Shareholders beat NRG on ‘Carbon Principles’

March 19, 2009

The U.S. Securities and Exchange Commission (SEC) has ruled that nuclear power utility NRG Energy must allow shareholders to vote on a proposal to have the company justify its involvement with the so-called “Carbon Principles” –a green initiative to pressure banks not to finance coal-fired power plants.

The Free Enterprise Action Fund submitted the following proposal to NRG Energy on December 1, 2008:

Carbon Principles Report

Resolved: The shareholders request that the Company prepare by October 2009, at reasonable expense and omitting proprietary information, a Carbon Principles Report. The report should describe and discuss how the Company’s involvement with the Carbon Principles has impacted the environment.

Supporting Statement:

Coal is used to provide 50 percent of the U.S. electricity supply. The burning of coal by U.S. electricity utilities is clean and safe for the environment. Air emissions are regulated by states and the federal government. Since burning coal is the least expensive way to produce electricity, consumers and the U.S. economy benefit from comparatively low electricity rates.

The Company is an “industry advisor” to the so-called “Carbon Principles,” a voluntary bank lending policy stigmatizing and discriminating against coal-fired electricity based on the dubious assumption that carbon dioxide emissions from the burning of coal are causing global warming.

But in May 2008, the Oregon Institute of Science and Medicine released a petition signed by more than 31,000 U.S. scientists stating, “There is no convincing scientific evidence that human release of carbon dioxide, methane or other greenhouse gases is causing, or will cause in the future, catastrophic heating of the Earth’s atmosphere and disruption of the Earth’s climate…”

India’s National Action Plan on Climate Change issued in June 2008 states, “No firm link between the documented [climate] changes described below and warming due to anthropogenic climate change has yet been established.”

Researchers belonging to the UN Intergovernmental Panel on Climate Change (IPCC) reported in the science journal Nature (May 1, 2008) that, after adjusting their climate model to reflect actual sea surface temperatures of the last 50 years, “global surface temperature may not increase over the next decade,” since natural climate variation will drive global climate.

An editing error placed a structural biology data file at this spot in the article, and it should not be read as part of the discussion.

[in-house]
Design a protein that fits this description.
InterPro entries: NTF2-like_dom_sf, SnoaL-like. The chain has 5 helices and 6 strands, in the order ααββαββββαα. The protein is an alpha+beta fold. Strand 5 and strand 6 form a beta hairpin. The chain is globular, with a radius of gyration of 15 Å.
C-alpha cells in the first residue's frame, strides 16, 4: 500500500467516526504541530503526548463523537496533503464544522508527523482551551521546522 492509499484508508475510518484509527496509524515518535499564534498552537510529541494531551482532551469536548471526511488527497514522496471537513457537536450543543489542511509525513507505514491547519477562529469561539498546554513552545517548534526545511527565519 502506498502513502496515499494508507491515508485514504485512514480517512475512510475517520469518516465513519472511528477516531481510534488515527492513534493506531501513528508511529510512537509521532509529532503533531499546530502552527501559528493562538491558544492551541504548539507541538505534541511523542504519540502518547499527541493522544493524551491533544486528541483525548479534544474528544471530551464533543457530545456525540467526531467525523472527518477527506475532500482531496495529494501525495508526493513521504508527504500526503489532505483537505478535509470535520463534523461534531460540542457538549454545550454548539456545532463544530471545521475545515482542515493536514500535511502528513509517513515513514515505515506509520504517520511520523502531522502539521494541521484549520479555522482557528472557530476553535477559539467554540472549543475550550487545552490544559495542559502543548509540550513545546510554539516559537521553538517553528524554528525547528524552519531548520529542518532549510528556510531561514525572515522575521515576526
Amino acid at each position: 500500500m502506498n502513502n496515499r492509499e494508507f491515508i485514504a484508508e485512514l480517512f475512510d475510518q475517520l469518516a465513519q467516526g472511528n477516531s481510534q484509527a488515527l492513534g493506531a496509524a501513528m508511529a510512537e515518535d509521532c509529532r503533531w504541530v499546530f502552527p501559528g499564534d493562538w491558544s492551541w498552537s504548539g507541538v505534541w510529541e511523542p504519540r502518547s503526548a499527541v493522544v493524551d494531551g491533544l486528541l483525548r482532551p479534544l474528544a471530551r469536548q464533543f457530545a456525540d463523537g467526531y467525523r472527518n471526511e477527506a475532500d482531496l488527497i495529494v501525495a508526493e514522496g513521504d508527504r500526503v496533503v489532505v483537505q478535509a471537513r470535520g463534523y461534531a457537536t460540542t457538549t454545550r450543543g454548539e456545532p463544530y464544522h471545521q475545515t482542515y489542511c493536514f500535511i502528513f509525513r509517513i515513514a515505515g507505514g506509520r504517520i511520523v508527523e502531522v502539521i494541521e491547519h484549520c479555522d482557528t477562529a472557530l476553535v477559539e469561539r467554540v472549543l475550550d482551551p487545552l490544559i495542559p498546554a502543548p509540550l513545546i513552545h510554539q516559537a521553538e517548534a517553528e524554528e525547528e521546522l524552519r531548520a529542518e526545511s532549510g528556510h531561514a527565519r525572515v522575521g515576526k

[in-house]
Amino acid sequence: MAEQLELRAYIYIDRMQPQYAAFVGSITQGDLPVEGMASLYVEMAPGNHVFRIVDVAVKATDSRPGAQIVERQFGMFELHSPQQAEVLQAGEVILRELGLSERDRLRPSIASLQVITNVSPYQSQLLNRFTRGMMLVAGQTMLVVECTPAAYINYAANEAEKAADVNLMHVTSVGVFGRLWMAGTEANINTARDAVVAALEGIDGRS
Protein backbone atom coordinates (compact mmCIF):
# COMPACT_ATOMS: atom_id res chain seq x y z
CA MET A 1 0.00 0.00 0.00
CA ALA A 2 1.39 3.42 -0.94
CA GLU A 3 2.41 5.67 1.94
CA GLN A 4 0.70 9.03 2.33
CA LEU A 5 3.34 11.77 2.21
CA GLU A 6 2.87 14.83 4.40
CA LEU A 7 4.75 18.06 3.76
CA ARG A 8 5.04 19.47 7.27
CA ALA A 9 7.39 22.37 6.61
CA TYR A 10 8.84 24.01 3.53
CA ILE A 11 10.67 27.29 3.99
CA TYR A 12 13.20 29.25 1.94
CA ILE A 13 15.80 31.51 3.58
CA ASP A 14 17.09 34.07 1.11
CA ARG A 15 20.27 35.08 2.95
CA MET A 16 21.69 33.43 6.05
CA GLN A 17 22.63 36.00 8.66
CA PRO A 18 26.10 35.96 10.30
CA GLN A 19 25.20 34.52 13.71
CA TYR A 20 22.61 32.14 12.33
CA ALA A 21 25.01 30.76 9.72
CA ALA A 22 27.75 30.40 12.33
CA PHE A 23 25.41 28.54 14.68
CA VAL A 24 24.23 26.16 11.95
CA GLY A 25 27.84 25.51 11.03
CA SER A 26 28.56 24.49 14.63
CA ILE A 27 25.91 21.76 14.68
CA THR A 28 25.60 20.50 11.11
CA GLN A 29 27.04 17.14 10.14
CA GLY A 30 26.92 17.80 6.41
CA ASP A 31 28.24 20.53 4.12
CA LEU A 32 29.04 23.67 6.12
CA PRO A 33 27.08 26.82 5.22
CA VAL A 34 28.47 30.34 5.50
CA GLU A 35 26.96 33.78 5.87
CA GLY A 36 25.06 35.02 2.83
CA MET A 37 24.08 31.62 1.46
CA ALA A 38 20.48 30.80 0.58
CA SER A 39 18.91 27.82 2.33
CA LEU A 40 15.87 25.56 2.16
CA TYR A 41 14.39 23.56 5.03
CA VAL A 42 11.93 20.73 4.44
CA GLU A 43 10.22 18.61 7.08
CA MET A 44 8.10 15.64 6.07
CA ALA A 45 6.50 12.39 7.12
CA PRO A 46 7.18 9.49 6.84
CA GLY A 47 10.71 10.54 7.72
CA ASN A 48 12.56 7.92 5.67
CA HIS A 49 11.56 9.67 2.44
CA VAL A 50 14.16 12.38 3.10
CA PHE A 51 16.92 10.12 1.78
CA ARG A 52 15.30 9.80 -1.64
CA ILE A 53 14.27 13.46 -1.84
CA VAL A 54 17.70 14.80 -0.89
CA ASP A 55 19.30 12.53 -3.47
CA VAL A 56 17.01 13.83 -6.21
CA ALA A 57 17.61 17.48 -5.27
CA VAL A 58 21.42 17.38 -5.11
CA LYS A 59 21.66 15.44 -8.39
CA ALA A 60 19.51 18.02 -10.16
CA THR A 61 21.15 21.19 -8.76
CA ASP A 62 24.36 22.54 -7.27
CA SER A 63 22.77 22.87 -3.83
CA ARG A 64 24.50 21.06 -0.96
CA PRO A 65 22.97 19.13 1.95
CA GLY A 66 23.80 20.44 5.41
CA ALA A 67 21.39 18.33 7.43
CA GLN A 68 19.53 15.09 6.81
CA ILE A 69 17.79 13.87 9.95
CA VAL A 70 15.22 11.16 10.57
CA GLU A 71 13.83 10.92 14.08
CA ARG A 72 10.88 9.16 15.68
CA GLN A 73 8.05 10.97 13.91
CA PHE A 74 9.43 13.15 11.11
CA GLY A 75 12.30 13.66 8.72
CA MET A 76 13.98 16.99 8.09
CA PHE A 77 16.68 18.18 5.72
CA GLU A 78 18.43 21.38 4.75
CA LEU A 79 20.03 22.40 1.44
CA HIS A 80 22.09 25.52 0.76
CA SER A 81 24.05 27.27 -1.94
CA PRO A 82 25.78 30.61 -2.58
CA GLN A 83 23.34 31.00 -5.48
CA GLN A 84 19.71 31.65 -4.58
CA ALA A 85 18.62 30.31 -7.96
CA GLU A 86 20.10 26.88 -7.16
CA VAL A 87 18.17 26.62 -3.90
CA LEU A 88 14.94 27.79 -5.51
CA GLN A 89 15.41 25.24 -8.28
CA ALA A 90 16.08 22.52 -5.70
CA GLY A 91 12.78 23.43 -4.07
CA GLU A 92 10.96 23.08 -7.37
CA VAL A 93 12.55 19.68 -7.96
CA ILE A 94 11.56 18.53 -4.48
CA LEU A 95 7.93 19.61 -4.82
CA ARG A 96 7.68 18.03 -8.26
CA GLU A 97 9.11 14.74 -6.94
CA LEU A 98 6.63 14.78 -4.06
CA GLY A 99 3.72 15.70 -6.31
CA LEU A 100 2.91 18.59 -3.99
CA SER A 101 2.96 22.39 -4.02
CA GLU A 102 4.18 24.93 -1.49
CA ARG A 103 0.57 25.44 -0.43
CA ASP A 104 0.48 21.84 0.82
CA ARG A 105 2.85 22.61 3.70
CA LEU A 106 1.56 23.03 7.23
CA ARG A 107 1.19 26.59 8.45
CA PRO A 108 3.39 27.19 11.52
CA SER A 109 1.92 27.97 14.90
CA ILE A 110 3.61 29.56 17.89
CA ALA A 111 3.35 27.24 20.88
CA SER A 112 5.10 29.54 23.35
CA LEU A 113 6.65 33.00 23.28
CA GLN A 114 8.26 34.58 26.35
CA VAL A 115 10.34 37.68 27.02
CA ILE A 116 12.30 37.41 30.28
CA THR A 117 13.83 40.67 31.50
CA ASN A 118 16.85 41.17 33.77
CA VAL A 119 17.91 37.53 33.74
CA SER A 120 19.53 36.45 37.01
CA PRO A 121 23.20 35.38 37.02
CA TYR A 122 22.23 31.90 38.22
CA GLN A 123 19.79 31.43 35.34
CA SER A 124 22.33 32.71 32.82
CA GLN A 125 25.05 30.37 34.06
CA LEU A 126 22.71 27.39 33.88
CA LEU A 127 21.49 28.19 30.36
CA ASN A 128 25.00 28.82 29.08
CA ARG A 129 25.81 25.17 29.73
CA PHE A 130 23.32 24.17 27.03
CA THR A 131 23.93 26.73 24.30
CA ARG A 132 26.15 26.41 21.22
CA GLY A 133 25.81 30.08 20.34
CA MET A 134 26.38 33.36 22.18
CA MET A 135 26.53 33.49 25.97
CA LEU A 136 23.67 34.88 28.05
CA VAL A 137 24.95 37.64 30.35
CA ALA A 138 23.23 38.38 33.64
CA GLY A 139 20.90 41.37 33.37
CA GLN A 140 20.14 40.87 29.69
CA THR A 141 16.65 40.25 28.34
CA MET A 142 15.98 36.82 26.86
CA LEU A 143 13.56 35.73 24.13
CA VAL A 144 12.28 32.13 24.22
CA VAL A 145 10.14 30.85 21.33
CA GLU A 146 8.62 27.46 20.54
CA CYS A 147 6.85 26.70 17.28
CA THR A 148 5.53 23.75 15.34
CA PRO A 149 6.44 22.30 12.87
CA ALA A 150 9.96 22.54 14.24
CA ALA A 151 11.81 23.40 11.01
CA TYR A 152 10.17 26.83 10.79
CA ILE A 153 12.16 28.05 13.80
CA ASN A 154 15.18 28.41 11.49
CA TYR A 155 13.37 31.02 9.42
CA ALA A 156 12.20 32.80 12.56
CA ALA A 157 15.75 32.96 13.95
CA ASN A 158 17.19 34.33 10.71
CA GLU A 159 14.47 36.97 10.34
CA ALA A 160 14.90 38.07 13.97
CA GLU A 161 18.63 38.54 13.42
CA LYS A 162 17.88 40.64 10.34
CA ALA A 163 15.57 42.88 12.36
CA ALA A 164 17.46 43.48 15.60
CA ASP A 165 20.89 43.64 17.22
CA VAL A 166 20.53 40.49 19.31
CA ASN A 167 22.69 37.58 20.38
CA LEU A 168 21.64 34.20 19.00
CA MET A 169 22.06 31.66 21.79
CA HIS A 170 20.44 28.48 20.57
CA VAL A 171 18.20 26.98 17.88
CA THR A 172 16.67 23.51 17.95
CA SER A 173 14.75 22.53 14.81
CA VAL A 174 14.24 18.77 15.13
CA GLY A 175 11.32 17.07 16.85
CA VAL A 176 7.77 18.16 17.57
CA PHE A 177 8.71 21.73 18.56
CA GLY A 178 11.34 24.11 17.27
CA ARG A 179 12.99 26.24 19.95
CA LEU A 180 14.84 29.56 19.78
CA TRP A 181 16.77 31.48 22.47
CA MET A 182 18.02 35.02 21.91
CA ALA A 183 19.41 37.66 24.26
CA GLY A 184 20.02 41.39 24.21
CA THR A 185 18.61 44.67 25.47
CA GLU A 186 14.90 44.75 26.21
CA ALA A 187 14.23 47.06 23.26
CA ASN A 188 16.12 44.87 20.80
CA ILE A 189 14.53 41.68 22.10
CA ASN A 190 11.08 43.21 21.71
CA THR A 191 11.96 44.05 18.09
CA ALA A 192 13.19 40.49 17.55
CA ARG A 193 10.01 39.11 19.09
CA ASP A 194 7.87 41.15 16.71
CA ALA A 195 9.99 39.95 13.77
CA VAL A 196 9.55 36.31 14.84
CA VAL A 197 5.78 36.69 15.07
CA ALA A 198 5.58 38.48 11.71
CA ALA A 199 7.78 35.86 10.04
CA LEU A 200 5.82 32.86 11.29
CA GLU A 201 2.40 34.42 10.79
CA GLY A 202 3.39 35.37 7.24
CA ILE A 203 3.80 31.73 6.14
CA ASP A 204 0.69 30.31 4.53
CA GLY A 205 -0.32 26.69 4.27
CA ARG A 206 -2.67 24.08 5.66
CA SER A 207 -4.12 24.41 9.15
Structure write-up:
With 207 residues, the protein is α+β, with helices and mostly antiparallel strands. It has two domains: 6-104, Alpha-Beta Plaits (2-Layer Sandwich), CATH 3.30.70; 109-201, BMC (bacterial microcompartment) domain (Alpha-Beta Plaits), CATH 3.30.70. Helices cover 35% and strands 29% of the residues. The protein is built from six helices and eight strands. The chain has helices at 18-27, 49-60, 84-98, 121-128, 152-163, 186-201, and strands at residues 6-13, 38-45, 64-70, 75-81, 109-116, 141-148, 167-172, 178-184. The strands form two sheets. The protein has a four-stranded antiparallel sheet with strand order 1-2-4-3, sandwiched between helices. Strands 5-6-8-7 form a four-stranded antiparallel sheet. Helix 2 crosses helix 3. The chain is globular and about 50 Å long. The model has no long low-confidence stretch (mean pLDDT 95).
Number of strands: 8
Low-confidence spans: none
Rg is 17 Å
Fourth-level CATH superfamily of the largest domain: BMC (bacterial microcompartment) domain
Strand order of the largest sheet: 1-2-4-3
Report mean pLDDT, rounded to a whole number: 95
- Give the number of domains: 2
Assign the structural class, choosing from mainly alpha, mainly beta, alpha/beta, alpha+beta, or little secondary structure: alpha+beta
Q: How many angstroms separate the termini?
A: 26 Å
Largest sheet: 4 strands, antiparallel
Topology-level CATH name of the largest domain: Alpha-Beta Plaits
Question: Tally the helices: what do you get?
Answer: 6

Climate scientists reported in the December issue of the International Journal of Climatology, published by the UK’s Royal Meteorological Society, that observed temperature changes measured over the last 30 years don’t match well with temperatures predicted by the mathematical climate models relied on by the United Nations Intergovernmental Panel on Climate Change (IPCC).

A British judge ruled in October 2007 that Al Gore’s film, “An Inconvenient Truth,” contained so many factual errors that a disclaimer was required to be shown to students before they viewed the film.

NRG asked the SEC asked for permission to exclude the proposal from its annual proxy statement — and thereby deny shareholders a chance to vote on the proposal — claiming that it had only a limited advisory role in the development of the Carbon Principles.

But the Fund countered that,

[The proposal] requests a report on how NRG’s involvement with the Carbon Principles has impacted the environment. NRG admits it helped draft the Carbon Principles. NRG now apparently wants to get away with claiming that, “All we did was draft the Carbon Principles. But we’re not involved with them.” This is disingenuous. Drafting rules for lenders to comply with renders NRG inseparable from the Carbon Principles’ process.

The SEC decided in favor of the Free Enterprise Action Fund — and the rest of NRG’s shareholders.

The upshot is that NRG shareholders will have the opportunity to vote on the proposal through proxy voting and at the NRG annual meeting.

Stay tuned for developments.

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